State GOP chairman Chris Vance said the measure is moderate — slowing increases rather than cutting property taxes. Property tax revenues could still exceed inflation, because I-747 doesn’t limit revenues from new construction or voter-approved measures, he said.

"Property taxes are still going to exceed the rate of inflation. It’s just that they’re not going to skyrocket at the same rate as they have been," Eyman said.

It may be misleading to say new construction revenues will make up the difference, said Kriss Sjoblom, vice president for research at the Washington Research Council, a Seattle-based nonprofit public policy group funded largely by business.

Those taxes are meant to compensate for the added demand growth puts on government services, not for inflation, he said.

But Vance, a former King County councilman, said those concerns don’t measure up to people’s private needs.

"I’m less concerned about government’s budget than I am about families’ budgets," he said.

You can call Herald Writer Warren Cornwall at 425-339-3463 or send e-mail to cornwall@heraldnet.com.

Talk to us

More in Local News

Andy Illyn, 37, left, recieves his badge from his son Phoenix Illyn, right, as he is sworn in as the new Mukilteo Police Chief at Mukilteo City Hall in Mukilteo on Monda. (Annie Barker / The Herald)
Mukilteo’s new police chief, 37, has ‘big shoes to fill’

Off the job, Andy Illyn is a martial artist and a card artist. And he goes by “Dad.”

Kamiak High School is pictured Friday, July 8, 2022, in Mukilteo, Washington. (Ryan Berry / The Herald)
Ex-Kamiak football coach charged with sexual abuse of student

Julian Willis, 34, preyed on a Kamiak student from November 2022 to March, prosecutors allege.

This photo provided by OceanGate Expeditions shows a submersible vessel named Titan used to visit the wreckage site of the Titanic. In a race against the clock on the high seas, an expanding international armada of ships and airplanes searched Tuesday, June 20, 2023, for the submersible that vanished in the North Atlantic while taking five people down to the wreck of the Titanic. (OceanGate Expeditions via AP)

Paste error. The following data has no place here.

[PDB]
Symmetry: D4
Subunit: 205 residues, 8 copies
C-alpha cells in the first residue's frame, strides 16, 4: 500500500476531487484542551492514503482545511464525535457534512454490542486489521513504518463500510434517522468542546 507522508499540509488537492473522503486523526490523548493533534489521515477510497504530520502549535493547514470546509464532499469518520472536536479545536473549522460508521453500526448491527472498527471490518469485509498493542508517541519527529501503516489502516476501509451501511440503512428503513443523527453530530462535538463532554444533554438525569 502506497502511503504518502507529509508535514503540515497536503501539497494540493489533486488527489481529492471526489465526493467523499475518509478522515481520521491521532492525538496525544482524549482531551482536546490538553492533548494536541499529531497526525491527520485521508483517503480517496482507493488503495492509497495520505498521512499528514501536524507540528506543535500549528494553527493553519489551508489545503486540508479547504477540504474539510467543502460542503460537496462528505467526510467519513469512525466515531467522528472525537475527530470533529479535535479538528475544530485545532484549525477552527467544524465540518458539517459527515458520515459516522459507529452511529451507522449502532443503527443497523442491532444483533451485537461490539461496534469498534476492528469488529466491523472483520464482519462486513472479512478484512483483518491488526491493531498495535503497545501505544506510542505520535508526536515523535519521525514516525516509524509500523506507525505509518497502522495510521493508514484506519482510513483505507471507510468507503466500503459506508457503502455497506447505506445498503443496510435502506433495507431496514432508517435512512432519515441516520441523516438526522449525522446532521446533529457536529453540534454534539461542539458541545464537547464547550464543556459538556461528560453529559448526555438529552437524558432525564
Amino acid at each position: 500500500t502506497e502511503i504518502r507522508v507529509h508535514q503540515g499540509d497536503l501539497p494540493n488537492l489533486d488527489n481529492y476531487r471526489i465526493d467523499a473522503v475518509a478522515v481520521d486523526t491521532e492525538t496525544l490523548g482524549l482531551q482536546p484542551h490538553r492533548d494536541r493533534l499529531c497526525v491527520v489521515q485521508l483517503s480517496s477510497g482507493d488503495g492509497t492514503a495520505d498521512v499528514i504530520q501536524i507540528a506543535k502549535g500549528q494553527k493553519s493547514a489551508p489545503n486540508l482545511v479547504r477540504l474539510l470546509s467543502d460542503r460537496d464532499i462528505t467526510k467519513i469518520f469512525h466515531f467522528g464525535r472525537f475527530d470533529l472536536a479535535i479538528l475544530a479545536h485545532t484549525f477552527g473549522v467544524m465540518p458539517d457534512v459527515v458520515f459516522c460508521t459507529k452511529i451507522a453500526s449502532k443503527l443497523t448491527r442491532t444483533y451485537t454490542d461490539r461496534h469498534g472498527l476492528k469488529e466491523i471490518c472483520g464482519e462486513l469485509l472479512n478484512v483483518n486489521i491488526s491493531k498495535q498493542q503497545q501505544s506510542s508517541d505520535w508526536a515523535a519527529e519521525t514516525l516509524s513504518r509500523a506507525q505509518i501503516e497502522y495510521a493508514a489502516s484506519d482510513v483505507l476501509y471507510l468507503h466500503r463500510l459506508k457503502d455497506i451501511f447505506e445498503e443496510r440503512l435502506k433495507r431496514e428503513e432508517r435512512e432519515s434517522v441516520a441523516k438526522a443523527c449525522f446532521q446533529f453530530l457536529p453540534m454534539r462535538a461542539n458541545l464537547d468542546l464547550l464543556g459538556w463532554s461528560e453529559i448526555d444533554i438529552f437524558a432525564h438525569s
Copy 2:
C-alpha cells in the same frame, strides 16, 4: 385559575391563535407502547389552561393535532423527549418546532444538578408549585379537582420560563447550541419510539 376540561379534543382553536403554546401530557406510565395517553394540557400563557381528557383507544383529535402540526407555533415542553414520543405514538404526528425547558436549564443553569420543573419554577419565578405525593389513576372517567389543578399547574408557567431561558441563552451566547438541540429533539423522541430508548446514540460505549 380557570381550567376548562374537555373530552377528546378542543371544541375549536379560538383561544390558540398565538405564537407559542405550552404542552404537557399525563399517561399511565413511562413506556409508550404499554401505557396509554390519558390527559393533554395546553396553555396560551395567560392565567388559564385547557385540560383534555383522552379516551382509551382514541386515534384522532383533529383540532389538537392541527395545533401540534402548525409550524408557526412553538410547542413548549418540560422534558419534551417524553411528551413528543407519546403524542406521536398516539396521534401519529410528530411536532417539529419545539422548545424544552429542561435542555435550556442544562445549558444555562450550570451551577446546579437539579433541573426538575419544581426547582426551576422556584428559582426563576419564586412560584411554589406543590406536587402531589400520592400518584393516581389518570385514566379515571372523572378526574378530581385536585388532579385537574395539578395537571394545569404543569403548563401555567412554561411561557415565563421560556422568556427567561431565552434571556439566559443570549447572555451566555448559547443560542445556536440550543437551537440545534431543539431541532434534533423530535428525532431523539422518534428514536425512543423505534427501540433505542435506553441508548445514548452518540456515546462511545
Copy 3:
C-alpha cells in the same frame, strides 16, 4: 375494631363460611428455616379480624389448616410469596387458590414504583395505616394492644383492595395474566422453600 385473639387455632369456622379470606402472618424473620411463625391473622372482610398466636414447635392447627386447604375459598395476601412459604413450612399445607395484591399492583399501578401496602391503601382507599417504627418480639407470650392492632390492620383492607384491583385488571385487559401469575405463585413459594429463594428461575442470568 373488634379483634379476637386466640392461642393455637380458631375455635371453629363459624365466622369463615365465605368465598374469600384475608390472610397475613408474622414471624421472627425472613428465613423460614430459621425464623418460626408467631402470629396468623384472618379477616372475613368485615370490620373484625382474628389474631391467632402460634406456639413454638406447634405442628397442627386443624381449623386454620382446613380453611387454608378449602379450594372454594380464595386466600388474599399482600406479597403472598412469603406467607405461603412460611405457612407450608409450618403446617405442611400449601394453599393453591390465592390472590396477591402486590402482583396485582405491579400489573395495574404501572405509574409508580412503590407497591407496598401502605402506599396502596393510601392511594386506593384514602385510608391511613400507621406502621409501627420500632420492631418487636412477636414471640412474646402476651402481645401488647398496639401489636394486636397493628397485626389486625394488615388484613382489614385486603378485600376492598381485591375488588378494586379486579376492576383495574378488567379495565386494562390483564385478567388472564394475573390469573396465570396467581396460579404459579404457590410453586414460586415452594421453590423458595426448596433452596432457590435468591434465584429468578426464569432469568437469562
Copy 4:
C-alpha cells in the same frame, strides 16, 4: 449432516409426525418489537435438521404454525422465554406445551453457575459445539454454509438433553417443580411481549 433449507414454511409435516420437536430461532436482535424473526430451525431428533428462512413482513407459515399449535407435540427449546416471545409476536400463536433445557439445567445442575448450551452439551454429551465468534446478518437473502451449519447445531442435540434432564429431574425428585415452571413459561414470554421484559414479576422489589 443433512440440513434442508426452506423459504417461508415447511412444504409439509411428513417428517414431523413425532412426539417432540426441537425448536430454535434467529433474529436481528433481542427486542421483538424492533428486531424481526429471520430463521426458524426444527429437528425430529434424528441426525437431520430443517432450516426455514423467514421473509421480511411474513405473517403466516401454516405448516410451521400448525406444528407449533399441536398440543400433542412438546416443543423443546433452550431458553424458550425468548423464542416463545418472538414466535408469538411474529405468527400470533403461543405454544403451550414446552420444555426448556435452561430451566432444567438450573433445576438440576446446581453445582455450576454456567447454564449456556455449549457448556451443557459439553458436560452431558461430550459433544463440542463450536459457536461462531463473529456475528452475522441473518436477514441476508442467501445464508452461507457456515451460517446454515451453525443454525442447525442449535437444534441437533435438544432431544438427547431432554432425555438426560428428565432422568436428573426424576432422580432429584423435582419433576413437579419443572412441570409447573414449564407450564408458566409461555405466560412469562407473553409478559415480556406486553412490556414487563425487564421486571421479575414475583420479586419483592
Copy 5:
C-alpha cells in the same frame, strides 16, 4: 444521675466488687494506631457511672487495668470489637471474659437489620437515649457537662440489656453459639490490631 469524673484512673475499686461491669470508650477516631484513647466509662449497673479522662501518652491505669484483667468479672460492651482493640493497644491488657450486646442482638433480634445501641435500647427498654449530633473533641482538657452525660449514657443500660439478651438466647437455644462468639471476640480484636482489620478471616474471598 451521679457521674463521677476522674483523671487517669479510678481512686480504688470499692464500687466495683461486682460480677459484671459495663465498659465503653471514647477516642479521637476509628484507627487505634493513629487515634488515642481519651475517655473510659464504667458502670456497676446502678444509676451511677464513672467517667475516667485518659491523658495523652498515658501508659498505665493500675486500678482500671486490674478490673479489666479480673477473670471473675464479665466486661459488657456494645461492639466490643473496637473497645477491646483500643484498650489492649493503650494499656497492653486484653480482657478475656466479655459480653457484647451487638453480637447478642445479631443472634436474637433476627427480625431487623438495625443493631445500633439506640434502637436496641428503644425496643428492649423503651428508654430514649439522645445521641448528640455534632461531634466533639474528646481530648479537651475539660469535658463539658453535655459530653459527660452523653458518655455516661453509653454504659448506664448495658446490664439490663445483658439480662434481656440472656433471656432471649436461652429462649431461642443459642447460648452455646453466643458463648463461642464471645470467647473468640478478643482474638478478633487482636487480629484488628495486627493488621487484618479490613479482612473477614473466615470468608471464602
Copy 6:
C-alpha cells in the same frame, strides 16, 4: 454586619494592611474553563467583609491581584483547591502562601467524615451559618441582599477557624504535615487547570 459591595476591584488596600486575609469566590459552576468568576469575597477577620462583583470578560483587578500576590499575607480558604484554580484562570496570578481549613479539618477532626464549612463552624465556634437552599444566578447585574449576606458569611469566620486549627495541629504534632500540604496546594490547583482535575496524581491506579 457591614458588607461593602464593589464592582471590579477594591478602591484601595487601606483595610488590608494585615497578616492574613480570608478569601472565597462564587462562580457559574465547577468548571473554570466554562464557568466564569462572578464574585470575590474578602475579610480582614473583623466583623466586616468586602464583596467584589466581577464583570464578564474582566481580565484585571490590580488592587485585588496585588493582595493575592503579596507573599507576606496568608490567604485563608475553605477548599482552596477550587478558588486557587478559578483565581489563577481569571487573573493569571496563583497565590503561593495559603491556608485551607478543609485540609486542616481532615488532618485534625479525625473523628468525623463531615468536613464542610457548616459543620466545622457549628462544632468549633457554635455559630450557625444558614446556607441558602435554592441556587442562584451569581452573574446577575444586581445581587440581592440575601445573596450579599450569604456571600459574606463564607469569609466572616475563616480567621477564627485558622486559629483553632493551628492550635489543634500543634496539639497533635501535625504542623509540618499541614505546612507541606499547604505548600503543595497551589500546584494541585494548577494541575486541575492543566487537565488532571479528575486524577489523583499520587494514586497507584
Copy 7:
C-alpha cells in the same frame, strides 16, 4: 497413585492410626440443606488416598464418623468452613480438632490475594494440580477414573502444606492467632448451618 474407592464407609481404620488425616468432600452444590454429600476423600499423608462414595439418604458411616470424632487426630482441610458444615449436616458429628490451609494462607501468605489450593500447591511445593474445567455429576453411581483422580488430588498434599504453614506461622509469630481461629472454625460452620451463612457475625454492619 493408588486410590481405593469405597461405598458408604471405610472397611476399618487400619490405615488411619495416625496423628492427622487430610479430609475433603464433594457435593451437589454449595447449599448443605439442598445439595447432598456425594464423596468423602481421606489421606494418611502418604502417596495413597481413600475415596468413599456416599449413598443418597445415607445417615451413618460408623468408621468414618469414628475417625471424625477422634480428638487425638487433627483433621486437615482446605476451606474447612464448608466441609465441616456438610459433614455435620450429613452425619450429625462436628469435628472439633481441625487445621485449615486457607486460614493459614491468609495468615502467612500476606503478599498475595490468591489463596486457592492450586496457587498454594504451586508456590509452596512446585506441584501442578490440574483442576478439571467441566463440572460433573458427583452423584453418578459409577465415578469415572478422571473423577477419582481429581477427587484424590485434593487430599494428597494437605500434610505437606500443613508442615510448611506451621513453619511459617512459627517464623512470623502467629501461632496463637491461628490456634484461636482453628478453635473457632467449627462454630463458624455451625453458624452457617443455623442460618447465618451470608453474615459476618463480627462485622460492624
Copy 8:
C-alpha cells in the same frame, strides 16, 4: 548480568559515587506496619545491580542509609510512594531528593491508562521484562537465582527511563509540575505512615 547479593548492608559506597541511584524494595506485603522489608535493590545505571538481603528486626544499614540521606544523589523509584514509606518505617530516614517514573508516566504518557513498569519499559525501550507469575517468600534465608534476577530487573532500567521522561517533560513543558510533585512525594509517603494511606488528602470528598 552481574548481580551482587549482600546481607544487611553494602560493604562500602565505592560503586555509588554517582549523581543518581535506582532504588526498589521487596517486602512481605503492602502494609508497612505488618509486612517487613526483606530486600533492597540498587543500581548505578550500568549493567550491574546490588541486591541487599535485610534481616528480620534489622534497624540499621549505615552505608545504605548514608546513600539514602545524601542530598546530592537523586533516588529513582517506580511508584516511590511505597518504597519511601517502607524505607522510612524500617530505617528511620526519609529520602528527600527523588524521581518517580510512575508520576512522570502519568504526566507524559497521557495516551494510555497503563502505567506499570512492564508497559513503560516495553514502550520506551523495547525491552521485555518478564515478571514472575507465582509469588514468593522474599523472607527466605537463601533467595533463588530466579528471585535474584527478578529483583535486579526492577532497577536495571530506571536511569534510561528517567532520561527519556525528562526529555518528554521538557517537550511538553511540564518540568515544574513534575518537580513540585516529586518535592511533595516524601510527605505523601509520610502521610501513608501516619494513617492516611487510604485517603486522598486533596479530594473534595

A new movie based on OceanGate’s Titan submersible tragedy is in the works: ‘Salvaged’

MindRiot announced the film, a fictional project titled “Salvaged,” on Friday.

Craig Hess (Snohomish County Sheriff’s Office)
Sultan’s new police chief has 22 years in law enforcement

Craig Hess was sworn in Sep. 14. The Long Island-born cop was a first-responder on 9/11. He also served as Gold Bar police chief.

Cars move across Edgewater Bridge toward Everett on Tuesday, Sept. 26, 2023, in Washington. (Olivia Vanni / The Herald)
Edgewater Bridge redo linking Everett, Mukilteo delayed until mid-2024

The project, now with an estimated cost of $27 million, will detour West Mukilteo Boulevard foot and car traffic for a year.

Lynn Deeken, the Dean of Arts, Learning Resources & Pathways at EvCC, addresses a large gathering during the ribbon cutting ceremony of the new Cascade Learning Center on Thursday, Sept. 28, 2023, at Everett Community College in Everett, Washington. (Ryan Berry / The Herald)
New EvCC learning resource center opens to students, public

Planners of the Everett Community College building hope it will encourage students to use on-campus tutoring resources.

A suspected hit and run crash Wednesday morning left a pedestrian dead on I-5 north near Marysville. (Washington State Patrol)
Suspected hit and run crash on I-5 near Marysville leaves 1 dead

State patrol responded to reports of a body on the right shoulder of I-5. Two lanes were closed while troopers investigated.

Representative Rick Larsen speaks at the March For Our Lives rally on Saturday, June 11, 2022 in Everett, Washington. (Olivia Vanni / The Herald)
Larsen: ‘Fractured caucus’ of House Republicans is ‘unable to lead’

Following removal of the House speaker, a shutdown still looms. Congress has until Nov. 17 to devise a spending plan.

Spada Lake is seen from Culmback Dam on Sunday, Oct. 1, 2023, near Sultan, Washington. (Ryan Berry / The Herald)
Helicopter crash in Copper Lake sparks environmental, health concerns

Rangers hadn’t heard of fly-in tourism in the area — which can harm the wilderness and people downstream, advocates say.

Man charged with dealing fentanyl pills that led to Arlington overdose

Prosecutors charged Robin Clariday with controlled substance homicide. He allegedly handed Bradley Herron the pills outside a hotel.

Seattle woman identified in fatal Highway 99 crash

Elena Mroczek, 74, was killed Sunday in a crash involving a 19-year-old.

A memorial for a 15-year-old shot and killed last week is set up at a bus stop along Harrison Road on Wednesday, Sept. 13, 2023, in Everett, Washington. (Ryan Berry / The Herald)
Rival gang members charged with killing Everett boy, 15, at bus stop

The two suspects are accused of premeditated first-degree murder in the death of Bryan Tamayo-Franco, 15.